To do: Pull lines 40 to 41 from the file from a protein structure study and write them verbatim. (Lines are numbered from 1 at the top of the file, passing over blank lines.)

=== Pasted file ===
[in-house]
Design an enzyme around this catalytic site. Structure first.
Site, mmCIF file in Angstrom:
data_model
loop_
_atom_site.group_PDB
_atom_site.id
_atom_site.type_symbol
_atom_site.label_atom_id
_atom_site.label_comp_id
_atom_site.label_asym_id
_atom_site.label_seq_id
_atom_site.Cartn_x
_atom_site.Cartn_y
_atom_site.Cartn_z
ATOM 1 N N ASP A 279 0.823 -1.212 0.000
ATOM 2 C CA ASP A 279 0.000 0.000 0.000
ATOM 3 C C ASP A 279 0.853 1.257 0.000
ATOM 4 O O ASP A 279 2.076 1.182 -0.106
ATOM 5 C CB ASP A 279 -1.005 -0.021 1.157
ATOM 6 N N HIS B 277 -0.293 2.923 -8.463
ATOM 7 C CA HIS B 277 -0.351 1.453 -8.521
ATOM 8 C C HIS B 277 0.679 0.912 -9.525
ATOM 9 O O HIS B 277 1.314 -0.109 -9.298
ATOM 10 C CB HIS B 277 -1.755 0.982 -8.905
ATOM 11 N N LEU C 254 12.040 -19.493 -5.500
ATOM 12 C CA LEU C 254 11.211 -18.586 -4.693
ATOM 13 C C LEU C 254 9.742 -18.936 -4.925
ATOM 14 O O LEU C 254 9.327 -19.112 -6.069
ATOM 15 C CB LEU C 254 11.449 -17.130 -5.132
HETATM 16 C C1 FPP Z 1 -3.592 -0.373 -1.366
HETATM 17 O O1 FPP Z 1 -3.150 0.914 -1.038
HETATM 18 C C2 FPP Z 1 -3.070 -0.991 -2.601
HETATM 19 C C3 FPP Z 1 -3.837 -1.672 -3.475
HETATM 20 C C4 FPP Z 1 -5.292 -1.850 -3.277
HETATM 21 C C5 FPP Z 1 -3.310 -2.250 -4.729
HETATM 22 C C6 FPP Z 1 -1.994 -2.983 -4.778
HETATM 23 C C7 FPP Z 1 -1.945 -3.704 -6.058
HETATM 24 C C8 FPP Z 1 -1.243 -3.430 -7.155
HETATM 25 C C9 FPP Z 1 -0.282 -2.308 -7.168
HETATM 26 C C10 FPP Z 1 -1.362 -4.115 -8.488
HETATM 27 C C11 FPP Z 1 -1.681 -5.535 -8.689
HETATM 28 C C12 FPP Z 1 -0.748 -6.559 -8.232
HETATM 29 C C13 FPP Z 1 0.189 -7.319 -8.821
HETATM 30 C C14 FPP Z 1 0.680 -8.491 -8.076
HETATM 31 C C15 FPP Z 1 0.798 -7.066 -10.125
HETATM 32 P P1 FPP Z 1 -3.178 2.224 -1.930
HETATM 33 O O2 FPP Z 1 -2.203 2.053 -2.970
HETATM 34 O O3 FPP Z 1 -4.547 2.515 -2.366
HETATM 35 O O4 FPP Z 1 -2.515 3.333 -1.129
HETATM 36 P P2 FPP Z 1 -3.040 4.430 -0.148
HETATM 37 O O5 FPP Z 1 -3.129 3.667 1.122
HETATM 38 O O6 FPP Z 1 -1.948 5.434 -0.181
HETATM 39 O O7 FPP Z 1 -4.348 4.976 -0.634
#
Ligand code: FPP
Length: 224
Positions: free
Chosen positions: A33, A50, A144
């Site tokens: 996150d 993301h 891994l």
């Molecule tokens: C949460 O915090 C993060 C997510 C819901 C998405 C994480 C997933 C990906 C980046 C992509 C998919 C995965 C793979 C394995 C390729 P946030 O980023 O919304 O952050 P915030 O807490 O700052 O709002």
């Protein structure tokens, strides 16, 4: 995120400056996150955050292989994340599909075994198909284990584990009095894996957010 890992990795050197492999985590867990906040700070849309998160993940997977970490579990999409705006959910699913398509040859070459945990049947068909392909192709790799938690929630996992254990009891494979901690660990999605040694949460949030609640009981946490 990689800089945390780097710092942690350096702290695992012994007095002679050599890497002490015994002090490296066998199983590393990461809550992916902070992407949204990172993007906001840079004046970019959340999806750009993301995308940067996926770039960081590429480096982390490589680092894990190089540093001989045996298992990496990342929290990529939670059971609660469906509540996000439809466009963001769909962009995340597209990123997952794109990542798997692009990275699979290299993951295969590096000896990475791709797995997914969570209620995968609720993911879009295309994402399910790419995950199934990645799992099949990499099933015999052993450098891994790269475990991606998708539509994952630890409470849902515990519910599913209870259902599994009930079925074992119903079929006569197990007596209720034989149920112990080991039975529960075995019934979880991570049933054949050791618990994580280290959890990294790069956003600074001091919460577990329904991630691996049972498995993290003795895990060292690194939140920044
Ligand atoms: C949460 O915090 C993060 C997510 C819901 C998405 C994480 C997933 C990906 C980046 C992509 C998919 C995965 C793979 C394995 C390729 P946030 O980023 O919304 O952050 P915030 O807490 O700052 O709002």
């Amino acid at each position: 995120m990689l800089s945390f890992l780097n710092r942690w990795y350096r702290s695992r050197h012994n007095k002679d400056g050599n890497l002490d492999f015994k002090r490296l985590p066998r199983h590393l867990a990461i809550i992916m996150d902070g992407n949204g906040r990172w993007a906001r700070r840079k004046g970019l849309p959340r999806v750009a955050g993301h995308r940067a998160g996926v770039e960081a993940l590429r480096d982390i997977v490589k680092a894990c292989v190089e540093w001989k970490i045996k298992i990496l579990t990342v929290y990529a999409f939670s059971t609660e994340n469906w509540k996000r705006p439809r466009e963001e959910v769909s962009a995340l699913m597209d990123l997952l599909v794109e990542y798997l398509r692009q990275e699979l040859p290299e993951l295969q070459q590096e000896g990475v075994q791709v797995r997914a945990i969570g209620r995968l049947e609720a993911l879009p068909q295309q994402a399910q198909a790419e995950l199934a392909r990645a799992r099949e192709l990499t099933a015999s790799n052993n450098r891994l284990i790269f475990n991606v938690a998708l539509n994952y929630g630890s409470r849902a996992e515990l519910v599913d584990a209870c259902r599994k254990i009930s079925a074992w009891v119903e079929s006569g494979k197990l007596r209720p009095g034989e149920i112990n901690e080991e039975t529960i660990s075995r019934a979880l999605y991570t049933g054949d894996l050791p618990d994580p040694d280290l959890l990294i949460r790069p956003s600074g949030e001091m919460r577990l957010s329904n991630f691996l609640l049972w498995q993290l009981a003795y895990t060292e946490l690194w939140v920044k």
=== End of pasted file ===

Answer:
HETATM 25 C C9 FPP Z 1 -0.282 -2.308 -7.168
HETATM 26 C C10 FPP Z 1 -1.362 -4.115 -8.488